Using ActionTag

ActionTag

ActionTag is an easy way to embed forms on any site. Much like Twitter Embedded Timelines, the idea is to use one line of JavaScript and one line of HTML to have a foolproof way to present a form that posts back to your NGP database. Please note that ActionTag does not work on IE9 or older browsers.

Usage

What is it?

ActionTag is our name for our embeddable forms functionality. Embeddable on any page on the web, it will:

  • Make an API call to retrieve that form’s definition (aka which fields should display)
  • Render a fully functional form to the screen
  • Pre-fill that form under certain circumstances
  • Handle submission of that form back to the NGP servers
  • Deal with behaviors that occur after submission such as:
    • Displaying another form as configured NGP
    • Showing a thank you message as configured in NGP
    • Redirect to another URL, as defined in NGP

Getting Started

All that’s necessary to use ActionTag is to drop a special <div> tag on any page along with our JavaScript file. For example:

  <script type="text/javascript" src="https://d1aqhv4sn5kxtx.cloudfront.net/actiontag/at.js"></script>
  <div class="ngp-form" data-id="-9061805400222859264"></div>

We use the class ngp-form to indicate that this is the place where the form should render.

NOTE: any use of ActionTag for processing payment information must be embedded in a TLS-secured page.

To specify which form to render, add the only other required data attribute, the data-id attribute, e.g. data-id="-9061805400222859264". Each form published has a unique id which can be used in this tag. Please note: that some form IDs start with a minus sign (-), as shown in the example above. Do not delete this as it is a part of the form ID.

These are the simplest cases. Below are some more of the data attributes that can optionally be added to the tag to alter its behavior.

Using Query Strings

A query string is something you can add to the end of the URL your form lives at, e.g. www.somesite.com/formurl?foo=bar Primarily, query string values are used to pre-fill values in the form. The general format is that the first bit is the name of the form field, followed by an equals sign and then whatever data you wish to pre-fill that form field with.

The way to add these onto a form is that the first one needs to use a question mark, and other subsequent ones use an ampersand, e.g. www.someurl.com/formurl?fn=John&ln=Adams

To pre-fill forms, we offer the following options:

  • AddressLine1 : add1, e.g. add1=1250 Hancock St.
  • AddressLine2 : add2, e.g. add2=Ste. 202
  • AdditionalContributionValue: AdditionalContributionValue, e.g. AdditionalContributionValue=25 to prefill the additional contribution amount on event forms only
  • Amount : am, e.g. am=5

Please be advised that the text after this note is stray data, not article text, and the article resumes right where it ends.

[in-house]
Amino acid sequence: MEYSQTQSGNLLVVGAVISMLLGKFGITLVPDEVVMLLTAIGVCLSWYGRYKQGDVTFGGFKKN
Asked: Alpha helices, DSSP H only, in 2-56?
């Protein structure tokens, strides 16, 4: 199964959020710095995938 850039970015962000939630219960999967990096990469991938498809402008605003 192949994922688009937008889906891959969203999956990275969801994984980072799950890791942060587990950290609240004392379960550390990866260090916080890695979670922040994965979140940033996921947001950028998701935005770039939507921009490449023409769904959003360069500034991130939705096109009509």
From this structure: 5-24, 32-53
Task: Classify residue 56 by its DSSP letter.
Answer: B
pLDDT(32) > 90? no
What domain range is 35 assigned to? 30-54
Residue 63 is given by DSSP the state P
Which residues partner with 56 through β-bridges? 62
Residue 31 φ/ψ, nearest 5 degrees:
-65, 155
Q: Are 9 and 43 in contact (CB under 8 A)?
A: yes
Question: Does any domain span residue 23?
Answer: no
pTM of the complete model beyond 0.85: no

• AmountOptions : amtOpts, e.g. amtOpts=3,5,20.16,50,100
    • This sets the radio button options on a contribution page, enabling dynamic ask amounts. To select a particular contribution amount, use Amount, detailed above
  • City : ci, e.g. ci=Boston
  • Country : c, e.g. c=United States
  • EmailAddress : em, e.g. em=john@adams.com
  • Employer : ep, e.g. ep=The United States
  • FacebookProfileUrl : fb, e.g. fb=http://www.facebook.com/JohnAdamsPresident
  • FirstName : fn, e.g. fn=John
  • HomePhone : hp, e.g. hp=6175551234
  • IsRecurring : r, e.g. r=true
  • LastName : ln, e.g. ln=Adams
  • MiddleName : mn, e.g. mn=Quincy
  • MobilePhone : mp, e.g. mp=6175551234
  • Occupation : oc, e.g. oc=President
  • PostalCode : pc, e.g. pc=02144
  • Prefix : p, e.g. p=Mr
  • SpouseName : sn, e.g. sn=Abigail Adams
  • StateProvince : st, e.g. st=MA
  • Suffix : s, e.g. s=Esq.
  • TwitterHandle : tw, e.g. tw=the_real_adams
  • WorkAddressLine1 : w1, e.g. w1=1600 Pennsylvania Ave
  • WorkAddressLine2 : w2, e.g. w2=Oval Office
  • WorkCity : wc, e.g. wc=Washington
  • WorkEmail : we, e.g. we=john@adams.com
  • WorkPhone : wp, e.g. wp=2025551234
  • WorkPostalCode : wz, e.g. wz=20500
  • WorkStateProvince : ws, e.g. ws=DC

There are also elements that may not be visible, but have to do with how the form submission data is entered into the database:

  • Attributed Contact ID : ac, e.g. ac=VN96C3TBX36
    • This either adds or overrides the defined contact record on a form for the contribution attribution.
    • This is also used to preselect a host committee member on event forms that expose that field.
  • Kiosk Mode: kiosk, e.g. kiosk=true
    • Using this query string parameter disables FastAction and ActionProfile integration. This is useful if you are using a form on a tablet or laptop in a public place and do not want the submission information remembered on that device. Notably, if you configure one form to redirect to another form (what we refer to as secondary ask), the form fields on the second fom will not be pre-populated by the submission info from the first form. If you are launching the form with knowledge of who a contact is, kiosk mode does still allow you to prefill form fields using other query string values, e.g. fn=Michelle as documented above.
  • MarketSource : ms, e.g. ms=201409_fb_birthday_v1
    • This can be used to track different ad buys to the same form to compare ROI
  • SourceCodeId : sourceid, e.g. sourceid=57
    • This either adds or overrides the defined source code on the form. This only applies to contribution forms. You must use the source code ID, not the source code name.
  • QuickSign: quick, e.g. quick=true
    • This automatically submits the form and segues to the next action (thanks page, secondary ask, or an arbitrary other URL) if all the required fields are prefilled by either a query string value or ActionProfiles.
    • This does not work for contribution or event forms.